Well, I just graduated within the past year, so I don't have a whole lot of perspective yet, but I have to say that the computer skills of a developer and the language skills of an English major is a pretty good 1-2 punch. What kind of work do you think you'd like to do? What interests you outside the realm of "work?" I have a friend who is about to graduate, and it's stressing him out because he's starting to look for a job and thinking about it as a single decision that will direct the rest of his life. That is not the reality of the situation. The degree you get doesn't force you into anything. And if you're not sure about what you want to do, an English degree is actually a pretty good choice. At least it's pretty versatile.

Feb 26th 2007

KarenM, DwightfromtheFuture and RealBenFranklin, all excellent points.

I heard a radio commentator remark that part of the reason college fees are so high these days is that we are encouraging too many people to go. It's driving up demand. And because people with natural inclinations and abilities to perform trade work are not being encouraged to learn skilled professions, the demand for tradesman is surpassing supply, which is why it's so hard to find good plumbers anymore.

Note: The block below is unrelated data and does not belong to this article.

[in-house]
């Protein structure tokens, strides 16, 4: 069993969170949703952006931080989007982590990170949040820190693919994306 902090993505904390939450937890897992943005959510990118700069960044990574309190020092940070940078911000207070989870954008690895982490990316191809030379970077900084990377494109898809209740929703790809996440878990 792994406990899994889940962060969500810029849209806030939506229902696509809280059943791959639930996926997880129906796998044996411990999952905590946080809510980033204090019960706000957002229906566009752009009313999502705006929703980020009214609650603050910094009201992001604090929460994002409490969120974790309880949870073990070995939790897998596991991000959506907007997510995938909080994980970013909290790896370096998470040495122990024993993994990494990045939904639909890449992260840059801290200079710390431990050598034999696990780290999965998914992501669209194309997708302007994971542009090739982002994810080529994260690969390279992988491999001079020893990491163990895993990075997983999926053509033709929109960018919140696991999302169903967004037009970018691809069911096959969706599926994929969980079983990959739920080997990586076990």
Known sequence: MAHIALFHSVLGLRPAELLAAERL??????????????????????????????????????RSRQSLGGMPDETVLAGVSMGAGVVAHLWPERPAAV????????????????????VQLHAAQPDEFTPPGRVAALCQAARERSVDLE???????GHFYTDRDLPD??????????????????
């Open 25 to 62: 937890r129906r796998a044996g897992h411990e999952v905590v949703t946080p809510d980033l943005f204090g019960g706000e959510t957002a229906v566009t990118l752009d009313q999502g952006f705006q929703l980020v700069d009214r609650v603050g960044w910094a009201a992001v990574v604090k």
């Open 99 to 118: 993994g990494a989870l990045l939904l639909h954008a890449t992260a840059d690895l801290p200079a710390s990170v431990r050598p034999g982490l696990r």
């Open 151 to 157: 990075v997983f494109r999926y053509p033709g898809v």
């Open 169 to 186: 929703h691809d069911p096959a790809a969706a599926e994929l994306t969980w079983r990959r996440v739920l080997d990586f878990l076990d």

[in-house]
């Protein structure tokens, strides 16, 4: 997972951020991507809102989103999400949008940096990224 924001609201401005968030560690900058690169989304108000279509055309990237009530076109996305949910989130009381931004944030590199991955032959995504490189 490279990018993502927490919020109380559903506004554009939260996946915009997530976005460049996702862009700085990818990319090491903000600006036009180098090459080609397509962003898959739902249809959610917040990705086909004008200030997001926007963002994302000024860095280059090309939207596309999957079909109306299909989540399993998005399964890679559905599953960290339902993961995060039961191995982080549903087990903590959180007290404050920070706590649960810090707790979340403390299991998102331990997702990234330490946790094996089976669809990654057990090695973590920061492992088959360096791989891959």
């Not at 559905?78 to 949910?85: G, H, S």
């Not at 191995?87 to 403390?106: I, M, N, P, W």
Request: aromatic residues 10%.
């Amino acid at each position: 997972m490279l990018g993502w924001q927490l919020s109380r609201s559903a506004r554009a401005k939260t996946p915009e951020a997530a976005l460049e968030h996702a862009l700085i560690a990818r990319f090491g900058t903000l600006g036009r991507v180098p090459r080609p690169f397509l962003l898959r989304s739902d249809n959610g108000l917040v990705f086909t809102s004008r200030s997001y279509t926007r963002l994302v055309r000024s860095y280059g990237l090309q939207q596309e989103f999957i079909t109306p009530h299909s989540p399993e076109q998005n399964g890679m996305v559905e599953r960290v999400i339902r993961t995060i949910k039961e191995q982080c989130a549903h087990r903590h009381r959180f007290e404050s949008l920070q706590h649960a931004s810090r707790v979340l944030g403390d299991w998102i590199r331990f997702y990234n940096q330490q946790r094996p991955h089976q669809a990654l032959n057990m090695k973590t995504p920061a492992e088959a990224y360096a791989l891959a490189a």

What he said.

Feb 26th 2007

These days I really don't know what I want to do. When I first came to school in the fall, I was pretty set on going into journalism and was almost irritated by the people that still didn't know what they were studying/looking for as a career. One of the liasons to the Dean I met before attendeding school told the group he was showing around campus that he had changed his major 7 times and still wasn't sure if CEM was what he wanted to do. I was sure that I wasn't one of those people, but now I have no idea. English is a pretty versatile degree, or so I've been told, so we'll see how it turns out, but for a career choice right now it could be anything from lawyer to professor to working at a think-tank to working at Vance Refrigeration.